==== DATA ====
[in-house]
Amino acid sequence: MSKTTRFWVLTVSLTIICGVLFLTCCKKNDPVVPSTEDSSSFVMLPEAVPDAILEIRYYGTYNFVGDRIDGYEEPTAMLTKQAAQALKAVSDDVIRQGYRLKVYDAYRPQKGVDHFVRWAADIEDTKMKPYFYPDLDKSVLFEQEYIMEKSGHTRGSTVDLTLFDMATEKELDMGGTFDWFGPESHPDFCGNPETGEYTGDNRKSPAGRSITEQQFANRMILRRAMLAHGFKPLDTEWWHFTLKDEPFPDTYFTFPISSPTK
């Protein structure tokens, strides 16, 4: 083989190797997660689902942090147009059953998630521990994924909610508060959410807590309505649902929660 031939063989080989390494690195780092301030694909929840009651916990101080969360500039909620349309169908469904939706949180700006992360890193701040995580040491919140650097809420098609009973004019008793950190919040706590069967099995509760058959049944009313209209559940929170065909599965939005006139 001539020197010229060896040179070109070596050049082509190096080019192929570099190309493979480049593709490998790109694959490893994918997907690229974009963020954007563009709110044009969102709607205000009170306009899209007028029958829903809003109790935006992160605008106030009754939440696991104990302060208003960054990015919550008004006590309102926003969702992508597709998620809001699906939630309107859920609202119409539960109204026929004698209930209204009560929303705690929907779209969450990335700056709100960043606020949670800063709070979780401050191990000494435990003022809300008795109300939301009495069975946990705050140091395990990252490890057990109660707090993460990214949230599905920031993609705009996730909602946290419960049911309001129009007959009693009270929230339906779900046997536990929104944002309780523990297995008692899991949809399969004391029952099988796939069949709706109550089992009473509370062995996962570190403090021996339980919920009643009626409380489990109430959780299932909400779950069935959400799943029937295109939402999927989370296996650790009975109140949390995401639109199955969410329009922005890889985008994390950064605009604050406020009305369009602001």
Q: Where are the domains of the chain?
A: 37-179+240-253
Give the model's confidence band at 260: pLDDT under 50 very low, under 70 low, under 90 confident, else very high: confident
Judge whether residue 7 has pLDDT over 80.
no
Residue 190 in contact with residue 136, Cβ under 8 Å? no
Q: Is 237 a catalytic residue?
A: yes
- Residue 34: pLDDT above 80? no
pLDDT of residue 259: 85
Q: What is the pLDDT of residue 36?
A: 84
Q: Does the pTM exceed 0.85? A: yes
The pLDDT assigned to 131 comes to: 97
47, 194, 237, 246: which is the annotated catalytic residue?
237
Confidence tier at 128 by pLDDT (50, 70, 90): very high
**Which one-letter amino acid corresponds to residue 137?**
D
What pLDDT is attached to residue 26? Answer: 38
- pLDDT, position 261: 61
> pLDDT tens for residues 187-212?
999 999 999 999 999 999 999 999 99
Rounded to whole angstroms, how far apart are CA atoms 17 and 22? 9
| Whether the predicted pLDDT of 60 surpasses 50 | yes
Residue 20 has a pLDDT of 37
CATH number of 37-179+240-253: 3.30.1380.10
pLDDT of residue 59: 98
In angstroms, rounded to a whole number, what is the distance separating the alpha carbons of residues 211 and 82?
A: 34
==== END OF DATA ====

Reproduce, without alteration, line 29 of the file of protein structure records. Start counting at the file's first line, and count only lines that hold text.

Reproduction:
Residue 20 has a pLDDT of 37